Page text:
Being playful with Gabrielle Stiles

Gabrielle has just graduated with a BAF in Fashion Design from the California College of Arts and her collection was showed on the runway only a few days ago. She grew up in Eastern Washington; ah … and she has an older sister. Yes, this must be mentioned.
Gabrielle admits to visiting religiously two blogs: Love Aesthetics and Luxirare. She finds their style authentic and inspiring; she shares their aesthetics. She also shares Luxirare’s love for food. If Gabrielle did not design fashion, she would become a pastry chef: she loves to bake. When you see Gabrielle’s collection, all this makes sense. It also made us glad she became a fashion designer.
Gabrielle Stiles describes her degree collection as playful, futuristic, graphic, and aspirational. This does summarise it rather well. It is also a good description of Gabrielle’s style (sorry;~). Here is what she told us.

Gabrielle you collection is called Flatland. What does its name refer to?
When refining my collection, I found myself wanting my designs simpler and more graphic. I reduced them to the point where they almost felt two-dimensional in their simplicity. The name Flatland seemed fitting.

Can you explain in more detail what you intended with your collection?
I aimed for bold contrasts between heavy and light, sheer and opaque, matte and reflective, and nuanced and exaggerated. I worked on proportion and choice of materials. I don’t think I truly understood the ideas of proportion and silhouette until my last year of design training. It was a great feeling when I began to confidently recognize these elements in my own and others’ designs.

What is your inspiration for Flatland?
I was inspired by 90s minimalism, the rebellious, playful aesthetic of rave culture, and also by music videos from artists like Fiona Apple. My personal history is central to this inspiration. At the research stage I found myself reflecting on my experiences as a 7-8 year old, towards the end of the millennium.

My older sister was becoming a teenager. As a child, I observed her transition and I was in awe and longing for her fun and free lifestyle. The clothes, hair, make-up, and music of the late 1990s made an indelible impression on my sense of style. Been too young then, to fully experience that culture, it has remained something I wanted to revisit and interpret. It is about nostalgia for my youth, and for the late 90s style.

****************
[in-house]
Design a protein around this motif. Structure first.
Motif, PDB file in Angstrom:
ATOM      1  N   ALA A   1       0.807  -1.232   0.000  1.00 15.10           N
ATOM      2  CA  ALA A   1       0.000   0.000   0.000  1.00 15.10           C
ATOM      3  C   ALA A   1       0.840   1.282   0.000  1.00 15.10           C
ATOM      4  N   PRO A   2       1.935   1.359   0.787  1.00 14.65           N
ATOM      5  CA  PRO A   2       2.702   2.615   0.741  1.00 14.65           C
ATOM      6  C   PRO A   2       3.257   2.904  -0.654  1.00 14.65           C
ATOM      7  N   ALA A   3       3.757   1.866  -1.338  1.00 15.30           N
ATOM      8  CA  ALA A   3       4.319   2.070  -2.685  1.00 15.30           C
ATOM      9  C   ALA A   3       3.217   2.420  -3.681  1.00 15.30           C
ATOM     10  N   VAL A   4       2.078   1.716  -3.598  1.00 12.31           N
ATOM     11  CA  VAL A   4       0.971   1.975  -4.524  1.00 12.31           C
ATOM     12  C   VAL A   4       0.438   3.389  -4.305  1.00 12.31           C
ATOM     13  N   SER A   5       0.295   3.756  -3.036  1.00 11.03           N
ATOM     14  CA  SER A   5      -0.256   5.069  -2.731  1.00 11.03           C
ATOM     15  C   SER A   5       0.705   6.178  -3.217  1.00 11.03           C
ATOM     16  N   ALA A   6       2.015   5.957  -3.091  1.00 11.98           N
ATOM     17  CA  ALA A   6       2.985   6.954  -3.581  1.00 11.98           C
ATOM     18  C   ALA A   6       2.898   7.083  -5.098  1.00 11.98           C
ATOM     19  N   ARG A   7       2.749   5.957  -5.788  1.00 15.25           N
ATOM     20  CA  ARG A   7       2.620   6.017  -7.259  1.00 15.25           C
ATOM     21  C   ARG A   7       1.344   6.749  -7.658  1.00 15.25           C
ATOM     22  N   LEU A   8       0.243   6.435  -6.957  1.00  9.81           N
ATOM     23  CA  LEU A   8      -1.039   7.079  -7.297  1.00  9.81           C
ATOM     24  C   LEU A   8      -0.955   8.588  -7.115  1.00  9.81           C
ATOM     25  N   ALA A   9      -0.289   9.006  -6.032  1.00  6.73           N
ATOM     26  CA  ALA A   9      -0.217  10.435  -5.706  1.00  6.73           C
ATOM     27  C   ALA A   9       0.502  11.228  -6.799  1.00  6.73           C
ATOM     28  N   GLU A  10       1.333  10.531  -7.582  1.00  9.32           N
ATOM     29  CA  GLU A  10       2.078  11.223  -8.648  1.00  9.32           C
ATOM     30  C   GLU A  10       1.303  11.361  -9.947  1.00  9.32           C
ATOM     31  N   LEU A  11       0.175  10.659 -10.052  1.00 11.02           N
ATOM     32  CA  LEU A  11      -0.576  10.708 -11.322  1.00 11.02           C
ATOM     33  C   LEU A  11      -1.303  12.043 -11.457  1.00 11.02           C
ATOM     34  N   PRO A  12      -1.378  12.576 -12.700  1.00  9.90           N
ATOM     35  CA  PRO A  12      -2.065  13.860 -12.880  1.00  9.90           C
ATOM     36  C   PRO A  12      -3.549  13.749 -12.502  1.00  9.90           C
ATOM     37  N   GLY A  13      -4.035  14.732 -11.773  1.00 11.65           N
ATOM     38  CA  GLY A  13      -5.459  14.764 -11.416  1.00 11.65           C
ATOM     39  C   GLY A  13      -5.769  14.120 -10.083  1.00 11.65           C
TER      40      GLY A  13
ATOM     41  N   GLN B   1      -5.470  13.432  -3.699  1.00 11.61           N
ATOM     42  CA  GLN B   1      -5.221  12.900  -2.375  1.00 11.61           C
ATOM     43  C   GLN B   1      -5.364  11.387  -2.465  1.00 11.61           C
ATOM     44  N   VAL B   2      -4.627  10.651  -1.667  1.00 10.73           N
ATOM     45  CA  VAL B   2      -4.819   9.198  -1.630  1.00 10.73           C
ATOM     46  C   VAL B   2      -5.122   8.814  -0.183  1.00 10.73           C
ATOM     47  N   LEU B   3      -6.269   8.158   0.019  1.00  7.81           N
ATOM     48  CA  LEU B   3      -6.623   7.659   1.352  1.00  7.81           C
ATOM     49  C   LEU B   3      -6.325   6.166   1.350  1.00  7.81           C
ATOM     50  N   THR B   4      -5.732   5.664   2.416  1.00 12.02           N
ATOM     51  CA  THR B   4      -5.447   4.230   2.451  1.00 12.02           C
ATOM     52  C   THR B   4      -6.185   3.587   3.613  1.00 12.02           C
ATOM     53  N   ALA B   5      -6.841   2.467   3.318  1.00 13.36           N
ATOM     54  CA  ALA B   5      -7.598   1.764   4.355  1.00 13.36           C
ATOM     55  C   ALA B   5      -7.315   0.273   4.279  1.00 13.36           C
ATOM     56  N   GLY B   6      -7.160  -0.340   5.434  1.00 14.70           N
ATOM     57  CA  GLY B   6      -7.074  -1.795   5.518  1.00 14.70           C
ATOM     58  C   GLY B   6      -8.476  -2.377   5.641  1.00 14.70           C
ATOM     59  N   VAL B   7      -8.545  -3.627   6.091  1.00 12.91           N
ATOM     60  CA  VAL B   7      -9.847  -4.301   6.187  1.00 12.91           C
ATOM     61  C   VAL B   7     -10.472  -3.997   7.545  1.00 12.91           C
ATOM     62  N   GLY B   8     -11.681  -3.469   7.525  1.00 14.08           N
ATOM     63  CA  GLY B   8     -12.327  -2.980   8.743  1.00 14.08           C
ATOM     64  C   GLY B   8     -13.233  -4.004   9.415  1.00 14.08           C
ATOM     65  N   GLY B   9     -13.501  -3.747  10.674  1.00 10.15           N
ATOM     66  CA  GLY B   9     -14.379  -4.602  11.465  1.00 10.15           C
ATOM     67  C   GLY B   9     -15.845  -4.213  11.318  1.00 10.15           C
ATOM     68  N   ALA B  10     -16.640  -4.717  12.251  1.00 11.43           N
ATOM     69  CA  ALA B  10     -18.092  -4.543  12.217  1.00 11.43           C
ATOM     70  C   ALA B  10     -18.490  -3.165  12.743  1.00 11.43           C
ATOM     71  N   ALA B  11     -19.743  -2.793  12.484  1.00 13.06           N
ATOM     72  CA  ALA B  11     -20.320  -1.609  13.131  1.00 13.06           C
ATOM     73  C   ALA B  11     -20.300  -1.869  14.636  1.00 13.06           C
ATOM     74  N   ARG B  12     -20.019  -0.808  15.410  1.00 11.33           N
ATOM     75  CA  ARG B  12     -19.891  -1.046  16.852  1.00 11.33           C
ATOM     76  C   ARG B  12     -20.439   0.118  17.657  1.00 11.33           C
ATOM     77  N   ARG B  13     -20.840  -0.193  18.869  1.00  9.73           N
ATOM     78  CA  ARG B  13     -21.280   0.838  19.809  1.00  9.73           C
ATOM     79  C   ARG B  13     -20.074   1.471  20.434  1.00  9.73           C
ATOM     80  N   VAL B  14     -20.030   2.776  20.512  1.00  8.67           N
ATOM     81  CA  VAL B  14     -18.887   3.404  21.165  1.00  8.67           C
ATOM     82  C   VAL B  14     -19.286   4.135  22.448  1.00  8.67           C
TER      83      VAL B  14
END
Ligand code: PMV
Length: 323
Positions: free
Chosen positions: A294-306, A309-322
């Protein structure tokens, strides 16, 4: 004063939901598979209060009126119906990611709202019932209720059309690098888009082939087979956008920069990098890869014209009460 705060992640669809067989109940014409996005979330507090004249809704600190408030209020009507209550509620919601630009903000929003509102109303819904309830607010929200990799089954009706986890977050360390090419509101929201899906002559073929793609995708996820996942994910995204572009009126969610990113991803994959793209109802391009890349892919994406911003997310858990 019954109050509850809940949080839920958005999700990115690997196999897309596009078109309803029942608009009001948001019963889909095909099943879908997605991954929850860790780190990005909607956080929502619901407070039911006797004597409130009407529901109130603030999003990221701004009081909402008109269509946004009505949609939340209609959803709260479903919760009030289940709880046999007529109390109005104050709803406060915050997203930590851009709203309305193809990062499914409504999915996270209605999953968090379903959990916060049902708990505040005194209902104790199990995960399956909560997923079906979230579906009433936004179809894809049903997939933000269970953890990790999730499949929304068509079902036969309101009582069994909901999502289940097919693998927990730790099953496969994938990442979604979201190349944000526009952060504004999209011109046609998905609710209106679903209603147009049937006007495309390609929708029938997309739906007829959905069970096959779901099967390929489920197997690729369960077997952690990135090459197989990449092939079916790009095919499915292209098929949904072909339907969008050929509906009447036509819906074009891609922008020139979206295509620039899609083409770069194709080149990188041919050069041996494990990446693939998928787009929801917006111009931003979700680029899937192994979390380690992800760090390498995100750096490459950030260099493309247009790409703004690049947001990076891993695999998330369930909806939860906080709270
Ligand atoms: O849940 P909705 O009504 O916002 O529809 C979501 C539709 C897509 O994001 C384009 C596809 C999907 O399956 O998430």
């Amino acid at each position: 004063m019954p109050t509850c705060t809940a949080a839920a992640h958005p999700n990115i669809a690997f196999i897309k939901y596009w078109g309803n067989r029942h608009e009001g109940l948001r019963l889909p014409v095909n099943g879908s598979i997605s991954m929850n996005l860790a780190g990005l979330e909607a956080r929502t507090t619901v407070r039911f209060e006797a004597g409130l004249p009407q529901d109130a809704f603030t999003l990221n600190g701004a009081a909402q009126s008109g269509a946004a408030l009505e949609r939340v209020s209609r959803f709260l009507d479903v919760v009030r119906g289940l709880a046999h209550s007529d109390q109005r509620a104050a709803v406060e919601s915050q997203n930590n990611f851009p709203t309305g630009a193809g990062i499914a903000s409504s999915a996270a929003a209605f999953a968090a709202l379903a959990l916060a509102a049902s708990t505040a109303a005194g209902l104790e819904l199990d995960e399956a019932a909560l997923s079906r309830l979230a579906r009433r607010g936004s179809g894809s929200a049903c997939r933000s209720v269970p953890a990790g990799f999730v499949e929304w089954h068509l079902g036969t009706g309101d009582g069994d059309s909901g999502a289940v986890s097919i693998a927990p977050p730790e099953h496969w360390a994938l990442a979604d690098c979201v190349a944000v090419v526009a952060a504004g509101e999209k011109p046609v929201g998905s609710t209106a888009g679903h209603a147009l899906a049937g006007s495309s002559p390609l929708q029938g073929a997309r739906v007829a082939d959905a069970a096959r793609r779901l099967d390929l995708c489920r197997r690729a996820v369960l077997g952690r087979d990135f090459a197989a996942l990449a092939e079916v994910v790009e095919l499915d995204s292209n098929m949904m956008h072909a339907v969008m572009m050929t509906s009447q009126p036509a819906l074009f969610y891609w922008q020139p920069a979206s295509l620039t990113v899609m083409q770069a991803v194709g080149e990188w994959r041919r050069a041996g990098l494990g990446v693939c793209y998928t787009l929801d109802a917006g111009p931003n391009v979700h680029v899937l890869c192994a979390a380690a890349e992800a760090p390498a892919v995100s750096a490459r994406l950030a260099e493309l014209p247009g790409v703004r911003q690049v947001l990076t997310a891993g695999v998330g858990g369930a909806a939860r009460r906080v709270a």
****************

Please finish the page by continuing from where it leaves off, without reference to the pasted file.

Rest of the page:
Gabrielle Stiles

How did you choose to translate this inspiration?
I chose to emphasize bold contrasts to express the paradox of adolescence: simultaneously longing for the freedom and wisdom of adulthood, while fearing the unknown and a loss of youthful simplicity. Oversized closures and rugged materials like denim and vinyl represent playfulness and youth, while refined silhouettes and fabrics like silk and velvet convey a more mature sense of restraint.

Was there any stage in the design of your collection you found challenging?
I was very careful not to design a collection that was too derivative of my influences; basically I had to step far away enough from the actual 1990s. The other difficulty was my use of unconventional materials like vinyl and oversized plastic zippers. I worked hard to make sure they didn’t come off looking too kitschy. I had to trade this line between fun and kitsch carefully.

How do you define kitsch?
I think a word better than kitsch for what I meant is gimmicky. I wanted my designs to be able to stand on their own; I wanted the oversized closures and strange materials to enhance the collection, as opposed to them becoming focal points.

What did designing this degree collection taught you?
I learned to look within myself for inspiration, to trust my instincts, but I also learned to be realistic about my own limitations.

What are you planning to do now you have graduated?
I hope to obtain either an internship or even better a job. My dream job would be working someplace like Alexander Wang, 3.1 Phillip Lim, Acne or Calvin Klein. Ideally I would also like to be able to carry on developing my style.

Credits & References

Fiona Apple Criminal, 1997

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